Fears that the Government's "free" schools programme will be dominated by faith groups and create more segregation between religions were re-ignited yesterday. Five of the first 16 schools announced by Education Secretary Michael Gove will be faith-orientated – two Jewish, one Hindu, one Sikh and one Christian.
In two other cases, organisers say there will be a strong Christian influence but the school will not officially be a faith school. Two of the projects are proposed by the education charity ARK, which was set up by the hedge fund millionaire Arpad Busson. The author Toby Young was also given the green light for his proposal for a secondary school in Acton, west London, which will concentrate on the classics – every child will be expected to learn Latin at least up to GCSE level.
Under the Government's plans, parents, teachers, charities and faith groups are being encouraged to put in bids to run their own schools with state financial support. They will be able to determine their own curriculum and be free of local authority controls, but the British Humanist Association warned yesterday that they would also be free to promote religious intolerance.
Andrew Copson, its chief executive, said the schools would have "complete power over what they teach, with no safeguards to ensure that myth and misinformation do not dominate the curriculum".
"We have long raised concerns about the teaching of creationism and religiously distorted sex education in traditional 'faith' schools," he said, adding that the proposals would lead to "greater segregation and deeper divisions within communities".
Chris Keates, general secretary of the National Association of Schoolmasters and Union of Women Teachers, added: "The Secretary of State suggests that he wants 'free' schools to be engines of social mobility, but in many cases the free schools announced so far will only fragment communities and lead to greater social segregation and separation."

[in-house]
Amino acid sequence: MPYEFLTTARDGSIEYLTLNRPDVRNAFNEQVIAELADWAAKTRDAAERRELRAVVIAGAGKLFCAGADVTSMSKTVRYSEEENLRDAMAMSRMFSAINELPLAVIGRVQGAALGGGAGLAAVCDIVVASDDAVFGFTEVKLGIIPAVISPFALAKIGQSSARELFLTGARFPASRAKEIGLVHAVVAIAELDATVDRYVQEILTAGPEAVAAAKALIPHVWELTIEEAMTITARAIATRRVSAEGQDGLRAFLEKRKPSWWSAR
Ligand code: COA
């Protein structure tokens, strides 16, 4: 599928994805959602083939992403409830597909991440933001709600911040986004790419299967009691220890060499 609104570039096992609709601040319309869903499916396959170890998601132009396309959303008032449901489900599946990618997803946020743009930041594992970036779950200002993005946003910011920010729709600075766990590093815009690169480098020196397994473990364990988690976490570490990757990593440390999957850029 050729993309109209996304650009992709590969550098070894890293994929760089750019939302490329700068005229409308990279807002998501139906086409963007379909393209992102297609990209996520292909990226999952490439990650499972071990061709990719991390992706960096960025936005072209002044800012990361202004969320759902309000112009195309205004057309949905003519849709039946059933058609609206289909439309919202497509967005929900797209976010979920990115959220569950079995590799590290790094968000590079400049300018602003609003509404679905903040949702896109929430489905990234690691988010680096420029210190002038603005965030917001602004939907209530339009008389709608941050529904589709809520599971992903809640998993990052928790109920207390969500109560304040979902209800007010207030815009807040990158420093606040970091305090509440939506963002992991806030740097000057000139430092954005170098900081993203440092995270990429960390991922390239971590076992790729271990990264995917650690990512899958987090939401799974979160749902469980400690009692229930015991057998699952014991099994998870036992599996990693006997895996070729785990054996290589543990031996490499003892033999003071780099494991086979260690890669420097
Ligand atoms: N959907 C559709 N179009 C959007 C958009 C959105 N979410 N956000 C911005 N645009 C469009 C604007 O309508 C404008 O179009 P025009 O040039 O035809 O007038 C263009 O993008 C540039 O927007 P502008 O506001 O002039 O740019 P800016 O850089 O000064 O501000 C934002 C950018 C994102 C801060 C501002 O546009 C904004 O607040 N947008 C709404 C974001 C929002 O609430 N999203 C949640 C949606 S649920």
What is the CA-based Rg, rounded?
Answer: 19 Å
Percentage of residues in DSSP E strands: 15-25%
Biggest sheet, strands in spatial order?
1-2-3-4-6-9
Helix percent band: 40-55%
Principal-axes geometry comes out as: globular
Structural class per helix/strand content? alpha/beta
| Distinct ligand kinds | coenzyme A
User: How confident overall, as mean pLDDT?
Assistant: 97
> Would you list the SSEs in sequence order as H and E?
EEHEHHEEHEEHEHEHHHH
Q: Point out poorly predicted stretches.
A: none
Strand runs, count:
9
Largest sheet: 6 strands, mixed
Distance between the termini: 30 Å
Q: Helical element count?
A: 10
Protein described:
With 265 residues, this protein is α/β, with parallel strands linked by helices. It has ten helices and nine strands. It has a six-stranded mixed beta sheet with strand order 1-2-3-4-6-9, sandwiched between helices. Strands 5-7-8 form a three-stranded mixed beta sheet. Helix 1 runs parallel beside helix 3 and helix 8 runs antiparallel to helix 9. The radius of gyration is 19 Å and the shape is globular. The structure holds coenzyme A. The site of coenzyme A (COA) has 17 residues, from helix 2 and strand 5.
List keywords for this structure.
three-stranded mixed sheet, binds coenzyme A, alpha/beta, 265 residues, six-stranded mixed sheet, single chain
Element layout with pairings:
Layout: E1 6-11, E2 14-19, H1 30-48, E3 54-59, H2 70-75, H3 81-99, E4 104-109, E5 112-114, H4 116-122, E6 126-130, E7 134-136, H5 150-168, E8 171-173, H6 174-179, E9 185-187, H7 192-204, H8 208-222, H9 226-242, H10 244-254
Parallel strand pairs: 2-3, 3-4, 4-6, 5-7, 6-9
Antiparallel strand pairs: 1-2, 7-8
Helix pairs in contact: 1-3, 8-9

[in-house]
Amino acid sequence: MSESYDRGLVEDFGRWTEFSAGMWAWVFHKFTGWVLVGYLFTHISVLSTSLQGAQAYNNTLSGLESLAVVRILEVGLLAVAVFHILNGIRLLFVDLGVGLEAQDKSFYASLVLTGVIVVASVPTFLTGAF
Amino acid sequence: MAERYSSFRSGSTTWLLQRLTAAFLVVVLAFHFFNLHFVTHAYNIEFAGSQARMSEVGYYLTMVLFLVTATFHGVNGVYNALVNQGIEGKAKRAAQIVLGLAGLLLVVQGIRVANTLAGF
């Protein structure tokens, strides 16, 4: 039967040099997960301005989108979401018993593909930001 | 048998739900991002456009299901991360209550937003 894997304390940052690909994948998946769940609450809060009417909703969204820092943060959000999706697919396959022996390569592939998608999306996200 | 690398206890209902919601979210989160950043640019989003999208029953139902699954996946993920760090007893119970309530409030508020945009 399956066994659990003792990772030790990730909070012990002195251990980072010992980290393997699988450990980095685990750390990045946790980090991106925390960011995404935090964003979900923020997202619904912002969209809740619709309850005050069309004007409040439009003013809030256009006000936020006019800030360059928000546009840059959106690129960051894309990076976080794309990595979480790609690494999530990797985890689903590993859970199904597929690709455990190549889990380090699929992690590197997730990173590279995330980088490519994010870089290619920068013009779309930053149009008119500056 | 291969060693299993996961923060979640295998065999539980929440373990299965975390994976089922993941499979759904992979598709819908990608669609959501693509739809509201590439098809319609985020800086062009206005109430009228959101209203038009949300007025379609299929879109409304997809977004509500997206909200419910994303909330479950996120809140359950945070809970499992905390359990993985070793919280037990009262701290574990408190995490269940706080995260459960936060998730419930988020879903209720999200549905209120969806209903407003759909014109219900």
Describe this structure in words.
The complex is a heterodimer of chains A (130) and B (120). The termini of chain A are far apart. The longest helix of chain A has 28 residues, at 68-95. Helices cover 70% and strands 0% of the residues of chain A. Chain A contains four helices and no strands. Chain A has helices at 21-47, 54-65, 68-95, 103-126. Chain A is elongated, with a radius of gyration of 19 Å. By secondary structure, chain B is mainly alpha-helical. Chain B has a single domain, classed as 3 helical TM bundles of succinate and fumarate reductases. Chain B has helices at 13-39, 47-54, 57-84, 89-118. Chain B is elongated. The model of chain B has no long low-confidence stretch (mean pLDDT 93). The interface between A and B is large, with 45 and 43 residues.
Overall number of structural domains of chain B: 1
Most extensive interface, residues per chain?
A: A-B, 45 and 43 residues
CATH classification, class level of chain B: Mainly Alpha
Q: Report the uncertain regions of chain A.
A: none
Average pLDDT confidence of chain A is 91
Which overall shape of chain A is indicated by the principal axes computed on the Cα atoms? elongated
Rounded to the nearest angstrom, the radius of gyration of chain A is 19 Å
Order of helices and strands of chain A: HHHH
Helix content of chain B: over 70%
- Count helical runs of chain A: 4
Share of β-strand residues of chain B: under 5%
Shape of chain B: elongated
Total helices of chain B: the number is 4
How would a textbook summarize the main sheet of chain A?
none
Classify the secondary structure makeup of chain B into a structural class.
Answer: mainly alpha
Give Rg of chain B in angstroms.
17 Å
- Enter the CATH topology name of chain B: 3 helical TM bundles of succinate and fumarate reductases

However, the five faith schools given the green light yesterday have all promised that 50 per cent of their places will be open to non-faith applicants. What is not clear is what will happen if they fail to attract pupils from outside their faith.
There are two Jewish primary schools, one in Mill Hill in north-west London and the other in Haringey, north London. A five-to-11 Hindu primary school is being planned in Leicester, which will be only the second Hindu state school in the country. The Nishkam Education trust is also planning an all-through Sikh state school in Handsworth, Birmingham.
The fifth faith school is proposed by St Luke's Church in Camden, north London, as a Church of England school. Campaigners for the project say there is a shortage of primary school places in the borough and insist there school will be inclusive.
In announcing the programme yesterday, Mr Gove stressed that the 16 schools "represent a diverse mix". He said: "There are parent-led, community-led, sponsor-led and teacher-led proposals. There are faith and non-faith proposals, there are proposals for large secondary schools small primary schools."
The remaining projects include a plan to open the first state-aided Montessori school for four-to-11-year-olds in Crawley, West Sussex. The Montessori method of teaching concentrates more on play and activities than teaching for tests.
Another candidate is the Priors Marston and Priors Hardwick school in Warwickshire, an independent primary school which has been kept open through donations since the local authority decided to close it 10 years ago.
Sajid Hussain, a science teacher, has also won support for opening a science academy in his home town of Bradford. He said his aim was to make "a difference to the education of the very poorest".
"Most families in inner-city Bradford are fed up," he said. "They have had the same three or four schools to choose from for the last 10 to 15 years."Reuse content